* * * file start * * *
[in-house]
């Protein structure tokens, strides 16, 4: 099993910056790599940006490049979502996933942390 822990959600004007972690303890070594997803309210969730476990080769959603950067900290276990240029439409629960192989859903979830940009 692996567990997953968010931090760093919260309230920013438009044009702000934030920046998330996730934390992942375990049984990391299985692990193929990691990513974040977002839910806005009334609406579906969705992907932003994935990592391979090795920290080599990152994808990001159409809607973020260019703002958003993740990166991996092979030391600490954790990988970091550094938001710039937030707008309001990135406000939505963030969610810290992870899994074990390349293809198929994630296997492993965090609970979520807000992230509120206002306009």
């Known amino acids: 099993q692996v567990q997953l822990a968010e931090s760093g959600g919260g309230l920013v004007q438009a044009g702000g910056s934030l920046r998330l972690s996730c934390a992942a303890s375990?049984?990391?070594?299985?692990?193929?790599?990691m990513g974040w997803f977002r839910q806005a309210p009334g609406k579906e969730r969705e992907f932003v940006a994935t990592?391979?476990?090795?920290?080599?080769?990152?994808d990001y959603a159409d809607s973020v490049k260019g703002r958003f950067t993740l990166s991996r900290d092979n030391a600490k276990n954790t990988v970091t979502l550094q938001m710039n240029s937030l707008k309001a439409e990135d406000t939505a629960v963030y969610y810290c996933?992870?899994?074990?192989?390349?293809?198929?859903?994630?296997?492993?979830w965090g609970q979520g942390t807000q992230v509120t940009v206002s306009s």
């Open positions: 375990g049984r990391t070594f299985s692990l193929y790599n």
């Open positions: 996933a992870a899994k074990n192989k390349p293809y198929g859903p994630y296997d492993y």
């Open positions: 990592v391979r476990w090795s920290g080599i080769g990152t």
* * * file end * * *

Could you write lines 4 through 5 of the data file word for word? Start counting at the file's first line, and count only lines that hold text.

């Open positions: 375990g049984r990391t070594f299985s692990l193929y790599n």
């Open positions: 996933a992870a899994k074990n192989k390349p293809y198929g859903p994630y296997d492993y």